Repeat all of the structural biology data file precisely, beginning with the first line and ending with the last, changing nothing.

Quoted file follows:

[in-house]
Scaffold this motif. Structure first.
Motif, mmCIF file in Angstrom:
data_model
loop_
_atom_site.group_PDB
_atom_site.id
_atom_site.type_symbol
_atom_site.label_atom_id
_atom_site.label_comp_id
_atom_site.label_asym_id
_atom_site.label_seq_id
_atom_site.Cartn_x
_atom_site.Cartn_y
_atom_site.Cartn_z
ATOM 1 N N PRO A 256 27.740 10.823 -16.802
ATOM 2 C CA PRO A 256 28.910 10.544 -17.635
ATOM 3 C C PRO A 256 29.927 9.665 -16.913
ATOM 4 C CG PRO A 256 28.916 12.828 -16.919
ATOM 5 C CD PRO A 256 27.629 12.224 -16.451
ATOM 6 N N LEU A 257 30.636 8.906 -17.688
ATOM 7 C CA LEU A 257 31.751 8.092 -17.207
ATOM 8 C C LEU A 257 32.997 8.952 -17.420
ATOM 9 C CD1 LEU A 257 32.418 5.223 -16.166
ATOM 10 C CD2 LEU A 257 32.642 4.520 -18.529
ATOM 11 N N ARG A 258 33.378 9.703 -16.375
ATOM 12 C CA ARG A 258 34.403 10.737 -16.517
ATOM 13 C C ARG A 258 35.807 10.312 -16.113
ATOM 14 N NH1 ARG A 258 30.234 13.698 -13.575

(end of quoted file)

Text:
[in-house]
Scaffold this motif. Structure first.
Motif, mmCIF file in Angstrom:
data_model
loop_
_atom_site.group_PDB
_atom_site.id
_atom_site.type_symbol
_atom_site.label_atom_id
_atom_site.label_comp_id
_atom_site.label_asym_id
_atom_site.label_seq_id
_atom_site.Cartn_x
_atom_site.Cartn_y
_atom_site.Cartn_z
ATOM 1 N N PRO A 256 27.740 10.823 -16.802
ATOM 2 C CA PRO A 256 28.910 10.544 -17.635
ATOM 3 C C PRO A 256 29.927 9.665 -16.913
ATOM 4 C CG PRO A 256 28.916 12.828 -16.919
ATOM 5 C CD PRO A 256 27.629 12.224 -16.451
ATOM 6 N N LEU A 257 30.636 8.906 -17.688
ATOM 7 C CA LEU A 257 31.751 8.092 -17.207
ATOM 8 C C LEU A 257 32.997 8.952 -17.420
ATOM 9 C CD1 LEU A 257 32.418 5.223 -16.166
ATOM 10 C CD2 LEU A 257 32.642 4.520 -18.529
ATOM 11 N N ARG A 258 33.378 9.703 -16.375
ATOM 12 C CA ARG A 258 34.403 10.737 -16.517
ATOM 13 C C ARG A 258 35.807 10.312 -16.113
ATOM 14 N NH1 ARG A 258 30.234 13.698 -13.575